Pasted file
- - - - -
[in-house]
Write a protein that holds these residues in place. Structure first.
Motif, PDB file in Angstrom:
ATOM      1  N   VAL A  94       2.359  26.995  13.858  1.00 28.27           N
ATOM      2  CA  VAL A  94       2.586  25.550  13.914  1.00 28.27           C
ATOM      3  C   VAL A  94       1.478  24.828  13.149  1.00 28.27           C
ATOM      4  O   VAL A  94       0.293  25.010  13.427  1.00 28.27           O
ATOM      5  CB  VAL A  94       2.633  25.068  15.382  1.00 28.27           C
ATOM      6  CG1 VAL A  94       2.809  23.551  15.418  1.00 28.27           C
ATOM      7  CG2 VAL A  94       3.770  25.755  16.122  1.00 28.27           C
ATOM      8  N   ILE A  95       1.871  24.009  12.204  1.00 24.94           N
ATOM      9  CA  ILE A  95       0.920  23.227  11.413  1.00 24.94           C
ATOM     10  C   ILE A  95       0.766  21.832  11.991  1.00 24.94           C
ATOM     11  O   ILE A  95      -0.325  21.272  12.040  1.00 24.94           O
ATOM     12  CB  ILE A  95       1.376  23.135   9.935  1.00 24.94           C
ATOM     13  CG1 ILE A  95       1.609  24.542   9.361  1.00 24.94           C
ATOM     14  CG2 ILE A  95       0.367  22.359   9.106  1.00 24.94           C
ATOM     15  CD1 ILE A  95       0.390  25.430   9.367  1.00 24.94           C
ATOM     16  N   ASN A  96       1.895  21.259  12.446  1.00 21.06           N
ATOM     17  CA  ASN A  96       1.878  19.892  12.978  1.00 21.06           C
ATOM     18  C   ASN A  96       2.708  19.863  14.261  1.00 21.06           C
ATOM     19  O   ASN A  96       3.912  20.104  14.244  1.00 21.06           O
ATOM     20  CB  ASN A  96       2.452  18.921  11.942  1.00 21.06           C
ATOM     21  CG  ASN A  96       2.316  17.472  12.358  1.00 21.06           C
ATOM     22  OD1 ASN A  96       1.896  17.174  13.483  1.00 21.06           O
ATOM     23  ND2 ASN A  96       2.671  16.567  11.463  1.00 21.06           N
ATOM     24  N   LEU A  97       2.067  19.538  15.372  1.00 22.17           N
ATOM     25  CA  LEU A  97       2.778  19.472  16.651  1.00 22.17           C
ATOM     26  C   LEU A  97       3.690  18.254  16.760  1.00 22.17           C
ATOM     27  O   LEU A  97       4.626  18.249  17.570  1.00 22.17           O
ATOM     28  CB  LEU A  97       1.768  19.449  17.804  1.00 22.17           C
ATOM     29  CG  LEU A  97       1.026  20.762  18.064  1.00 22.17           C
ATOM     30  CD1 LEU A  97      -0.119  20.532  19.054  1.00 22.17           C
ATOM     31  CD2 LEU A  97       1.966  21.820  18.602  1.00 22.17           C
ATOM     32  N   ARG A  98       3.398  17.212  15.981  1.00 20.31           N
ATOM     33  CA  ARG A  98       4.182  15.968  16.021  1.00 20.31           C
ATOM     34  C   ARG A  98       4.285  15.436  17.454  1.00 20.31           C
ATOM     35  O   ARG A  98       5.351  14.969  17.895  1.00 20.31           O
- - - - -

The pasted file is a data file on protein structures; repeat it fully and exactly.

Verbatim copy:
[in-house]
Write a protein that holds these residues in place. Structure first.
Motif, PDB file in Angstrom:
ATOM      1  N   VAL A  94       2.359  26.995  13.858  1.00 28.27           N
ATOM      2  CA  VAL A  94       2.586  25.550  13.914  1.00 28.27           C
ATOM      3  C   VAL A  94       1.478  24.828  13.149  1.00 28.27           C
ATOM      4  O   VAL A  94       0.293  25.010  13.427  1.00 28.27           O
ATOM      5  CB  VAL A  94       2.633  25.068  15.382  1.00 28.27           C
ATOM      6  CG1 VAL A  94       2.809  23.551  15.418  1.00 28.27           C
ATOM      7  CG2 VAL A  94       3.770  25.755  16.122  1.00 28.27           C
ATOM      8  N   ILE A  95       1.871  24.009  12.204  1.00 24.94           N
ATOM      9  CA  ILE A  95       0.920  23.227  11.413  1.00 24.94           C
ATOM     10  C   ILE A  95       0.766  21.832  11.991  1.00 24.94           C
ATOM     11  O   ILE A  95      -0.325  21.272  12.040  1.00 24.94           O
ATOM     12  CB  ILE A  95       1.376  23.135   9.935  1.00 24.94           C
ATOM     13  CG1 ILE A  95       1.609  24.542   9.361  1.00 24.94           C
ATOM     14  CG2 ILE A  95       0.367  22.359   9.106  1.00 24.94           C
ATOM     15  CD1 ILE A  95       0.390  25.430   9.367  1.00 24.94           C
ATOM     16  N   ASN A  96       1.895  21.259  12.446  1.00 21.06           N
ATOM     17  CA  ASN A  96       1.878  19.892  12.978  1.00 21.06           C
ATOM     18  C   ASN A  96       2.708  19.863  14.261  1.00 21.06           C
ATOM     19  O   ASN A  96       3.912  20.104  14.244  1.00 21.06           O
ATOM     20  CB  ASN A  96       2.452  18.921  11.942  1.00 21.06           C
ATOM     21  CG  ASN A  96       2.316  17.472  12.358  1.00 21.06           C
ATOM     22  OD1 ASN A  96       1.896  17.174  13.483  1.00 21.06           O
ATOM     23  ND2 ASN A  96       2.671  16.567  11.463  1.00 21.06           N
ATOM     24  N   LEU A  97       2.067  19.538  15.372  1.00 22.17           N
ATOM     25  CA  LEU A  97       2.778  19.472  16.651  1.00 22.17           C
ATOM     26  C   LEU A  97       3.690  18.254  16.760  1.00 22.17           C
ATOM     27  O   LEU A  97       4.626  18.249  17.570  1.00 22.17           O
ATOM     28  CB  LEU A  97       1.768  19.449  17.804  1.00 22.17           C
ATOM     29  CG  LEU A  97       1.026  20.762  18.064  1.00 22.17           C
ATOM     30  CD1 LEU A  97      -0.119  20.532  19.054  1.00 22.17           C
ATOM     31  CD2 LEU A  97       1.966  21.820  18.602  1.00 22.17           C
ATOM     32  N   ARG A  98       3.398  17.212  15.981  1.00 20.31           N
ATOM     33  CA  ARG A  98       4.182  15.968  16.021  1.00 20.31           C
ATOM     34  C   ARG A  98       4.285  15.436  17.454  1.00 20.31           C
ATOM     35  O   ARG A  98       5.351  14.969  17.895  1.00 20.31           O